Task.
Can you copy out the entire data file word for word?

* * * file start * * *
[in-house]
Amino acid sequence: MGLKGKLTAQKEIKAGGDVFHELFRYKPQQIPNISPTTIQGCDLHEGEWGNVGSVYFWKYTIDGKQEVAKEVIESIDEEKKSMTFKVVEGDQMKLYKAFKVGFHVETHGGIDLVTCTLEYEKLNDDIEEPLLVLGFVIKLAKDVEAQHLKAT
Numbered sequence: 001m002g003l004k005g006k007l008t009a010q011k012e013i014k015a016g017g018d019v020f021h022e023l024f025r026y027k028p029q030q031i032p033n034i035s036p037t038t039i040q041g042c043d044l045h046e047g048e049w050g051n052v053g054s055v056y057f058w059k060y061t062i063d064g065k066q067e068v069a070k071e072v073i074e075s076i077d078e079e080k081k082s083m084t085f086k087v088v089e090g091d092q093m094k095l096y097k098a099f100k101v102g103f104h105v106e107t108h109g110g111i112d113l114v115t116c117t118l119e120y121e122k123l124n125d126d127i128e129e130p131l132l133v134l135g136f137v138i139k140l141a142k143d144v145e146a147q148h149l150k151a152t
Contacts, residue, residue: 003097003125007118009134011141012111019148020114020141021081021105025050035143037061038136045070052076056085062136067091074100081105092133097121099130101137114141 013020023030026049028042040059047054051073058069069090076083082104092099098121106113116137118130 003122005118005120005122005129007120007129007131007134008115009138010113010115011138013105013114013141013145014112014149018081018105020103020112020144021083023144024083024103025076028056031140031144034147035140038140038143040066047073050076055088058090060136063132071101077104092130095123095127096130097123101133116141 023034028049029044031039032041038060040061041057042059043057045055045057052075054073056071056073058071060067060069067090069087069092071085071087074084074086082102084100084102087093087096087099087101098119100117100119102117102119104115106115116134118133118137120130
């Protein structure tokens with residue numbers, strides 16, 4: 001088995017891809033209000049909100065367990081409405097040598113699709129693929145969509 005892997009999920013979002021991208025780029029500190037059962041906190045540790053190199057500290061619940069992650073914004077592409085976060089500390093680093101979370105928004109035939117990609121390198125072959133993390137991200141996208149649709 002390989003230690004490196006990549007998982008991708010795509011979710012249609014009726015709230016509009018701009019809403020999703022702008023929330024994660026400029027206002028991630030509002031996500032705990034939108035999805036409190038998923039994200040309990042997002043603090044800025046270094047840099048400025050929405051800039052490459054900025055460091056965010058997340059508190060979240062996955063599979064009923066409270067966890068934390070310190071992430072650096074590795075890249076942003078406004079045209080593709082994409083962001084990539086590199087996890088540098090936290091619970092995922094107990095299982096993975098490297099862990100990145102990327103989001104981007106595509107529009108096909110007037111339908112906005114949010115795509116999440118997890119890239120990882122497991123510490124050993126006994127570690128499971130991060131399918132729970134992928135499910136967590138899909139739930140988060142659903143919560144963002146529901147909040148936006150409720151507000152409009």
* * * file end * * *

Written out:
[in-house]
Amino acid sequence: MGLKGKLTAQKEIKAGGDVFHELFRYKPQQIPNISPTTIQGCDLHEGEWGNVGSVYFWKYTIDGKQEVAKEVIESIDEEKKSMTFKVVEGDQMKLYKAFKVGFHVETHGGIDLVTCTLEYEKLNDDIEEPLLVLGFVIKLAKDVEAQHLKAT
Numbered sequence: 001m002g003l004k005g006k007l008t009a010q011k012e013i014k015a016g017g018d019v020f021h022e023l024f025r026y027k028p029q030q031i032p033n034i035s036p037t038t039i040q041g042c043d044l045h046e047g048e049w050g051n052v053g054s055v056y057f058w059k060y061t062i063d064g065k066q067e068v069a070k071e072v073i074e075s076i077d078e079e080k081k082s083m084t085f086k087v088v089e090g091d092q093m094k095l096y097k098a099f100k101v102g103f104h105v106e107t108h109g110g111i112d113l114v115t116c117t118l119e120y121e122k123l124n125d126d127i128e129e130p131l132l133v134l135g136f137v138i139k140l141a142k143d144v145e146a147q148h149l150k151a152t
Contacts, residue, residue: 003097003125007118009134011141012111019148020114020141021081021105025050035143037061038136045070052076056085062136067091074100081105092133097121099130101137114141 013020023030026049028042040059047054051073058069069090076083082104092099098121106113116137118130 003122005118005120005122005129007120007129007131007134008115009138010113010115011138013105013114013141013145014112014149018081018105020103020112020144021083023144024083024103025076028056031140031144034147035140038140038143040066047073050076055088058090060136063132071101077104092130095123095127096130097123101133116141 023034028049029044031039032041038060040061041057042059043057045055045057052075054073056071056073058071060067060069067090069087069092071085071087074084074086082102084100084102087093087096087099087101098119100117100119102117102119104115106115116134118133118137120130
């Protein structure tokens with residue numbers, strides 16, 4: 001088995017891809033209000049909100065367990081409405097040598113699709129693929145969509 005892997009999920013979002021991208025780029029500190037059962041906190045540790053190199057500290061619940069992650073914004077592409085976060089500390093680093101979370105928004109035939117990609121390198125072959133993390137991200141996208149649709 002390989003230690004490196006990549007998982008991708010795509011979710012249609014009726015709230016509009018701009019809403020999703022702008023929330024994660026400029027206002028991630030509002031996500032705990034939108035999805036409190038998923039994200040309990042997002043603090044800025046270094047840099048400025050929405051800039052490459054900025055460091056965010058997340059508190060979240062996955063599979064009923066409270067966890068934390070310190071992430072650096074590795075890249076942003078406004079045209080593709082994409083962001084990539086590199087996890088540098090936290091619970092995922094107990095299982096993975098490297099862990100990145102990327103989001104981007106595509107529009108096909110007037111339908112906005114949010115795509116999440118997890119890239120990882122497991123510490124050993126006994127570690128499971130991060131399918132729970134992928135499910136967590138899909139739930140988060142659903143919560144963002146529901147909040148936006150409720151507000152409009």